WORLD

Pope Francis Warns Of 'Dangerous' Alliance Between U.S. And Russia

10/07/2017 2:41 AM AEST | Updated 10/07/2017 11:33 PM AEST
Tony Gentile / Reuters
Pope Francis, seen outside the Vatican, has warned that the G20 leaders have formed "very dangerous alliances" and have a "distorted vision of the world."

Pope Francis has expressed concern about a “very dangerous” alliance between the U.S. and Russia, saying its leaders are among those that have a “distorted vision of the world” when it comes to immigration.

The pope, in an interview with an Italian newspaper on Thursday, lumped the two countries’ relationship in with those of China and North Korea and Russia and Syria as some of the top world leaders met at the G-20 summit in Germany.

“I worry about very dangerous alliances between powers which have a distorted vision of the world: America and Russia, China and North Korea, (Russian President Vladimir) Putin and (Syria’s Bashar al-) Assad over the war in Syria,” the pope told La Repubblica newspaper.

Axel Schmidt / Reuters
Leaders attend the G-20 summit dinner in Hamburg, Germany, on Friday. The pope criticized the U.S. and Russia, among other countries, for having a “distorted vision of the world.”

“The danger concerns immigration,” the pope said, according to a translation by AFP. “Our main and unfortunately growing problem in the world today is that of the poor, the weak, the excluded, which includes migrants.”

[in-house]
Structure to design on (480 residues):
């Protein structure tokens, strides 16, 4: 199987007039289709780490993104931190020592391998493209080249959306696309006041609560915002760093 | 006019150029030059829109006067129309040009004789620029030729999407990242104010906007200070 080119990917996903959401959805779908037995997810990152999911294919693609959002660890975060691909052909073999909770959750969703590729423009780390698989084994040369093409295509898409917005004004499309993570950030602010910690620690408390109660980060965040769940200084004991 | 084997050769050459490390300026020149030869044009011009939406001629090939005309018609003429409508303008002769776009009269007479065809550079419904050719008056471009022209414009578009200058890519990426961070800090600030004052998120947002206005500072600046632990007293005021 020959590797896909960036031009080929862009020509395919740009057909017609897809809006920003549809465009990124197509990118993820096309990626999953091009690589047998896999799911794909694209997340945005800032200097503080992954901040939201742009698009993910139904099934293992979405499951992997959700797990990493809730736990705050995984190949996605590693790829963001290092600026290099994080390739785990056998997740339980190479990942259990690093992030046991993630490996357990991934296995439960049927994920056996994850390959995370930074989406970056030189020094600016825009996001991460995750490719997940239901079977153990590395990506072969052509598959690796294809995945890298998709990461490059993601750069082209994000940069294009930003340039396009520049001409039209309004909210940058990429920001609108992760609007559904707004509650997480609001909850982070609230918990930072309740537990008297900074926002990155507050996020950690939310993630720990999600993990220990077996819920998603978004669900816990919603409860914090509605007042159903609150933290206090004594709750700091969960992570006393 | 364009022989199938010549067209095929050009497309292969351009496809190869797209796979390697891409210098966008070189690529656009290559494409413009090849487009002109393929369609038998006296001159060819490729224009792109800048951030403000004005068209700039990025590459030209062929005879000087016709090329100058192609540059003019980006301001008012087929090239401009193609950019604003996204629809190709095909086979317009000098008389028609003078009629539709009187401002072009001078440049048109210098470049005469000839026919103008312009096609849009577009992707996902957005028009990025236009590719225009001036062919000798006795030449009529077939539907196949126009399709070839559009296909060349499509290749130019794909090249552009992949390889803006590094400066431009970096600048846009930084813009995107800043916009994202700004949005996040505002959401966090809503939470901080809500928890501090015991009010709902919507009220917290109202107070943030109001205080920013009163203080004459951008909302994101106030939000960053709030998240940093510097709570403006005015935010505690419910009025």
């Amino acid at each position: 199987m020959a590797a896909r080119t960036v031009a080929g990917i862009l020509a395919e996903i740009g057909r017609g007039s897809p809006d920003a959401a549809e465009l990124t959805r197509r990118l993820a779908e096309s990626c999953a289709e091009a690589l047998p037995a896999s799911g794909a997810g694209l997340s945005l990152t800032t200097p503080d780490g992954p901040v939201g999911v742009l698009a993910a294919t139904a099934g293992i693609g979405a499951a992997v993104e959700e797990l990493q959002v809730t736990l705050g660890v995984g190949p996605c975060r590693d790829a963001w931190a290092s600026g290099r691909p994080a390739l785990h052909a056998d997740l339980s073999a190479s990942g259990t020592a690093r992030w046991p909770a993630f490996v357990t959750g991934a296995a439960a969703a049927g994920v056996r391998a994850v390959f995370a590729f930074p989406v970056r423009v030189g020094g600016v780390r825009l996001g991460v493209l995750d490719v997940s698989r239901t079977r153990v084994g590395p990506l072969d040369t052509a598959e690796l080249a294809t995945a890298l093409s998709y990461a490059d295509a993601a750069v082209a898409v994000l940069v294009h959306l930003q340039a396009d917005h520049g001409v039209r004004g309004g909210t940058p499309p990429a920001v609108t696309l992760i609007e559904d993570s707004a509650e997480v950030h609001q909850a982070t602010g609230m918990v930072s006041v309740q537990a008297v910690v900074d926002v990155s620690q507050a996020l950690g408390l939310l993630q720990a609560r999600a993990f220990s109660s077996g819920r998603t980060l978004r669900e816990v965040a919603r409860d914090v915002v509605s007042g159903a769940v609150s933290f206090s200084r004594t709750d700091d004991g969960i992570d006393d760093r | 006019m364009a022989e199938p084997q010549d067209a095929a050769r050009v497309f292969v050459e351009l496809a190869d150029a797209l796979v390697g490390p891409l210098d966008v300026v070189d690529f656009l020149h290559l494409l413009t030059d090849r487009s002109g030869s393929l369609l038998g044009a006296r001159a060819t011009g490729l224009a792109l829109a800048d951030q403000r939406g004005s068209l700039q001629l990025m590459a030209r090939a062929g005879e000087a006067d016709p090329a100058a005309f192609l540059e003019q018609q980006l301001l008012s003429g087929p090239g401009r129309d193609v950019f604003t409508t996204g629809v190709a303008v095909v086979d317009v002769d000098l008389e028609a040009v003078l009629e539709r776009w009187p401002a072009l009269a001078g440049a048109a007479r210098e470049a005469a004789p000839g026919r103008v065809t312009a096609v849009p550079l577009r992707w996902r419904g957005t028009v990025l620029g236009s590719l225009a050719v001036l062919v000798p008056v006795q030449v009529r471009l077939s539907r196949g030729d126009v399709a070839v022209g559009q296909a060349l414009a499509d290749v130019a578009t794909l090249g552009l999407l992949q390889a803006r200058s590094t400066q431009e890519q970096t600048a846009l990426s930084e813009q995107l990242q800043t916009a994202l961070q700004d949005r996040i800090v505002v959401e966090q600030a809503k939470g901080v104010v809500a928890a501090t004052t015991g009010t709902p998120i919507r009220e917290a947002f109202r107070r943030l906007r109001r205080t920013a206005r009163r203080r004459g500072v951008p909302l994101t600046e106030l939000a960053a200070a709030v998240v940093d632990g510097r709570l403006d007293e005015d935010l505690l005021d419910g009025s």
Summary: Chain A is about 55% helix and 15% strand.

The warning came one day before President Donald Trump held his first face-to-face meeting with Russian President Vladimir Putin. Though the meeting was scheduled to last only 30 minutes, it went on for hours with both men singing praises of one another.

The pope has previously expressed concerns over Russia’s annexation of Ukraine’s Crimea region. He has also criticized Trump over his stance on immigration, at one point saying Trump “is not Christian” because of his determination to build border walls.

POOL New / Reuters
The pope has been critical of President Trump's handling of immigration, at one time saying he is "not Christian."

“Migrants are our brothers and sisters in search of a better life, far away from poverty, hunger, and war,” the pope’s Twitter account tweeted on Saturday.

In his interview, he went on to ask that the leaders of Europe, which he described as the “richest continent in the whole world,” not try to succumb to an illusion that they can seal their borders.

The G-20, a meeting of 19 countries’ leaders plus the European Union, traditionally aims at addressing global financial and economic issues. The countries involved make up nearly two-thirds of the world’s population and three-quarters of global trade. Other issues this year included climate policy and women’s economic empowerment.

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